"The fact that we were 11 for 4 and still got to 160 shows the depth in our team," Bell said. "Neither innings started the way we wanted them to start. But it just shows the depth and character of the team that we could come back and obviously we still ended up winning by 50-odd runs.
"That was my first game of the summer, so I was obviously a bit nervous and maybe a little bit rusty," she added. "I played a lot of cricket this winter, and when I came back from New Zealand, we felt my priority was to have a bit of extra rest. But there's so much still to play, and I'm really fortunate that I play all three formats, so I can't play every possible game."
With the squad's attentions already turning towards the T20 World Cup in October, Bell was adamant that the players would not allow one tricky day to cramp the aggressive approach that their head coach, Jon Lewis, has spent the last two winters instilling in them.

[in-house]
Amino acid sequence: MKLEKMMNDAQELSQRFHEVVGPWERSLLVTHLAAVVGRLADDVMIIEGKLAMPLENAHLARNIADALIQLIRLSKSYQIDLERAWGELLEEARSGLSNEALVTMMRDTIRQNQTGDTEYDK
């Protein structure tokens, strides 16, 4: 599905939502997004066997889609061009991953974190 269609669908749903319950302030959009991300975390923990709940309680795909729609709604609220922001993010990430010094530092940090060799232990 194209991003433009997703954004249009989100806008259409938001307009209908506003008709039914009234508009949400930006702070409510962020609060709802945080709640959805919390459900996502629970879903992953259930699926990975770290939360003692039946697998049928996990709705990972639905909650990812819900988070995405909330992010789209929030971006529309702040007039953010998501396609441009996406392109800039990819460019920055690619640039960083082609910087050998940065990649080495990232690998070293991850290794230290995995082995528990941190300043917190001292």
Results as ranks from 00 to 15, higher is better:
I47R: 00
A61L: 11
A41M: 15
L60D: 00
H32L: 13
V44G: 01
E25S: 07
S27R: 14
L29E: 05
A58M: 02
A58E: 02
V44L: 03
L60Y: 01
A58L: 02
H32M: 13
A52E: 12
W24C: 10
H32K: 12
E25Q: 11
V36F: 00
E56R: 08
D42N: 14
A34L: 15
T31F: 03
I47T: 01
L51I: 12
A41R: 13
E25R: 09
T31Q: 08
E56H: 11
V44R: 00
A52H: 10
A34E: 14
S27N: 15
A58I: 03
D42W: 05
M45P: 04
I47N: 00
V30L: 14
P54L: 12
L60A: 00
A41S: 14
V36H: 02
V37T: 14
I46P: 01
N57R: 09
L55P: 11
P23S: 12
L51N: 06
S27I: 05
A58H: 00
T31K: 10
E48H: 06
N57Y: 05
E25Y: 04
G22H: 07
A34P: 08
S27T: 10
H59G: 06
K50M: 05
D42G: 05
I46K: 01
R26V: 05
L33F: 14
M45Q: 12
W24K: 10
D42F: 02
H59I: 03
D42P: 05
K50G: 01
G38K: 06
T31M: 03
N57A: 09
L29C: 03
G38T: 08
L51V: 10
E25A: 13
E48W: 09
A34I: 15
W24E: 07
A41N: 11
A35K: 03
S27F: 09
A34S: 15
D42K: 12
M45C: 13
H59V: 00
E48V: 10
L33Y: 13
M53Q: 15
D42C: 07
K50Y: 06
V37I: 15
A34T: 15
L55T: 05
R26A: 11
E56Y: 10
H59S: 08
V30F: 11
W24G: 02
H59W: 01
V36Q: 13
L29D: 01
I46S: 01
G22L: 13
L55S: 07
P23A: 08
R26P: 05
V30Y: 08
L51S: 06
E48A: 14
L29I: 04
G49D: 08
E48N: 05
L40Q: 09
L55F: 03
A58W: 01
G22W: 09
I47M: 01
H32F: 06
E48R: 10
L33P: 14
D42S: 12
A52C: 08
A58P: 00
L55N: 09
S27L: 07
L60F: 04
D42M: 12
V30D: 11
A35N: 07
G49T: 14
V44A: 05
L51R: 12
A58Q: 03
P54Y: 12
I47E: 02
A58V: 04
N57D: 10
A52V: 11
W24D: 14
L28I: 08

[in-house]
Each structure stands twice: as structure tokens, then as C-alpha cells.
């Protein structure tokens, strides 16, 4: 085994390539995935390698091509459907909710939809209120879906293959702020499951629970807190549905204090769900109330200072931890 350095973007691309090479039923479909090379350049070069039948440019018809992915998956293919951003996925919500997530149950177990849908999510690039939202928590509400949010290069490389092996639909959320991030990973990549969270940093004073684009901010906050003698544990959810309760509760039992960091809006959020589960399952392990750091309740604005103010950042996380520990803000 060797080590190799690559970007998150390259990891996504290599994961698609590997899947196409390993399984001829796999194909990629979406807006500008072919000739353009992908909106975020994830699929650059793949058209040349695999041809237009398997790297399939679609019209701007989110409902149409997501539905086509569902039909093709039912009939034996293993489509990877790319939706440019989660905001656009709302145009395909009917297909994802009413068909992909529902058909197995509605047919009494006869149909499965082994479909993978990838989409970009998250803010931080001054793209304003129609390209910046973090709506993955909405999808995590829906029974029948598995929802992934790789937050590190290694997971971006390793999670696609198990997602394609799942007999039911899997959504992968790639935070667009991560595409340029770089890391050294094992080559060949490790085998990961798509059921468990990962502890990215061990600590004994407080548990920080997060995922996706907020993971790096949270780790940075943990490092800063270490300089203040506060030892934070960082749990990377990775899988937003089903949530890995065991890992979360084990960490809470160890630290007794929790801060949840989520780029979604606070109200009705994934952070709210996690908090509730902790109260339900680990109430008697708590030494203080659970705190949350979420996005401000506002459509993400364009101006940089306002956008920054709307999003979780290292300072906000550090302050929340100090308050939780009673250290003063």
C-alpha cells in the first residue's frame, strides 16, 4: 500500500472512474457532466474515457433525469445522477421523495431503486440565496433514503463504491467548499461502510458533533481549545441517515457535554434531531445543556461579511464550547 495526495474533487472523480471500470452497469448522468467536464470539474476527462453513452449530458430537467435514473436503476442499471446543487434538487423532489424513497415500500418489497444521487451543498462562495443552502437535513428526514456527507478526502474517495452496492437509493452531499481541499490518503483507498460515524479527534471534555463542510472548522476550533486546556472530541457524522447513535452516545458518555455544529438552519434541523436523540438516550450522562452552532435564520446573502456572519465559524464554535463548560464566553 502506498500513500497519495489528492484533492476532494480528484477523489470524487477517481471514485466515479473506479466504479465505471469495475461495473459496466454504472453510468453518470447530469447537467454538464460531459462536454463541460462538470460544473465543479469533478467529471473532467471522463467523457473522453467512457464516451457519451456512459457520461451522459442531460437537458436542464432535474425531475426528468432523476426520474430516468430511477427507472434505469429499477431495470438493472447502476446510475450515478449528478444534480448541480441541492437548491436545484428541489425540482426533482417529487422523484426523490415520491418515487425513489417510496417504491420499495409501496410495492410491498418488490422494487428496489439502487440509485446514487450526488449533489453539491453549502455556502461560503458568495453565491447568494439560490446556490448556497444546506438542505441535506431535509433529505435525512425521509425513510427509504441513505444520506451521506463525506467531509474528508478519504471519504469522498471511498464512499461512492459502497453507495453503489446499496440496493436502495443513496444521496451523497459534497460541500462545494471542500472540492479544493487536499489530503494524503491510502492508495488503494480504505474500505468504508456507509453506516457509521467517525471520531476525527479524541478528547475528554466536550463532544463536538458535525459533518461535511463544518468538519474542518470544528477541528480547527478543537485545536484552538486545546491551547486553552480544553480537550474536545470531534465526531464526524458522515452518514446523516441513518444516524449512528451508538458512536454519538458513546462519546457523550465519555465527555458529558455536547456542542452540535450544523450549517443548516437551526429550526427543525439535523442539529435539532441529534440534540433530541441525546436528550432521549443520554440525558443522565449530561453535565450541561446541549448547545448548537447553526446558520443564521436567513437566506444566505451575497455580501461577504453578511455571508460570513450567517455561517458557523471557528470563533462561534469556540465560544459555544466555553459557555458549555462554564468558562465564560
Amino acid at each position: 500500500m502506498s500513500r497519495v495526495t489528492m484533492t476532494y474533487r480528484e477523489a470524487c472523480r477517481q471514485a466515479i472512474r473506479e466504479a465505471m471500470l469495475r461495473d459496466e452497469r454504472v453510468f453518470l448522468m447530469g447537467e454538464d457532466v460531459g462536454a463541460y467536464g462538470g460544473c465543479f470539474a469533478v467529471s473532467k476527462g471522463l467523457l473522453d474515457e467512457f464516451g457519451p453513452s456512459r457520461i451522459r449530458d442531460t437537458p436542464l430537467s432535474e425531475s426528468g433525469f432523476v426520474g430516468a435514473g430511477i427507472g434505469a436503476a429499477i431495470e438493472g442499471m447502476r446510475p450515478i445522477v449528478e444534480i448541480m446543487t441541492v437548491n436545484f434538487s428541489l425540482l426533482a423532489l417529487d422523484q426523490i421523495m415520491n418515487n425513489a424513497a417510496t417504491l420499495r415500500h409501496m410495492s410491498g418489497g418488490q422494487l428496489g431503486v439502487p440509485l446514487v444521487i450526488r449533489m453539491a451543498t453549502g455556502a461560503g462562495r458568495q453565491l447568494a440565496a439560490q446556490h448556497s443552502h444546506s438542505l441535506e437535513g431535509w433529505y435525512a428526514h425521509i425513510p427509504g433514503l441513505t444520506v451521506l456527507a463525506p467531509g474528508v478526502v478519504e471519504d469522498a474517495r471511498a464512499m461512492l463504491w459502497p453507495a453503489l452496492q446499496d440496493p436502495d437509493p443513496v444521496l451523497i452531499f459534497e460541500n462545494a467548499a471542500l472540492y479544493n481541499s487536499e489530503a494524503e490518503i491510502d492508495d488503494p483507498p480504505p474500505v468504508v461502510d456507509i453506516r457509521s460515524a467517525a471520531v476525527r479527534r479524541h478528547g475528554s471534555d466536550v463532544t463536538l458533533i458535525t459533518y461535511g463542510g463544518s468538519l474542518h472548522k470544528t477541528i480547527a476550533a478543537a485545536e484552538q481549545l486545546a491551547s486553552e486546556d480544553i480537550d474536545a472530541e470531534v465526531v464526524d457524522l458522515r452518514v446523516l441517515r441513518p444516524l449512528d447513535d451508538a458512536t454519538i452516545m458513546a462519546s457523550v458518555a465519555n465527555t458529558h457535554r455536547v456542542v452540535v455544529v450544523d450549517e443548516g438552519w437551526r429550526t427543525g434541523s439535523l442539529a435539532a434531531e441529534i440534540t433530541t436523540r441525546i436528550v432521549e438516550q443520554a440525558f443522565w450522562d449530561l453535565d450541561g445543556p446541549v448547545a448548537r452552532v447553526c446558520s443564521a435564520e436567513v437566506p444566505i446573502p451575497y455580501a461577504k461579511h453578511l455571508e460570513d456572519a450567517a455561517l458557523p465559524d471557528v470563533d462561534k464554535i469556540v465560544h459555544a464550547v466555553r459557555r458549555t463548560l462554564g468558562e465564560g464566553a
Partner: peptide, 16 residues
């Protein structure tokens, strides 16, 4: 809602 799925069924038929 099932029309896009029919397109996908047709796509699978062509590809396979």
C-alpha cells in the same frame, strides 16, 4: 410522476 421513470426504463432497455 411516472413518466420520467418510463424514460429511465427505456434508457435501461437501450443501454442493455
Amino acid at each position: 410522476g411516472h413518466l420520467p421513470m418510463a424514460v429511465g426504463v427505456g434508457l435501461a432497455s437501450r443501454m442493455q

"That approach will never change, and I don't think the messaging will ever change," she said. "Taking the game on will always be Jon's message and I don't think he'll go away from that. That that's how we want to play and we are going to fail, probably, sometimes - but we're not going to go away from the way we want to play."
Under Lewis' guidance, Bell has grown into the role of England's attack leader, a process that began in earnest during last summer's Ashes, in which she claimed 14 wickets across all seven matches of the multi-format series, including vital spells in the series-levelling T20I leg. And even her most chastening moment of that campaign - a 26-run death over at the hands of Georgia Wareham at Southampton - has since been chalked up to experience, thanks to the faith that continues to be placed in her by the team management.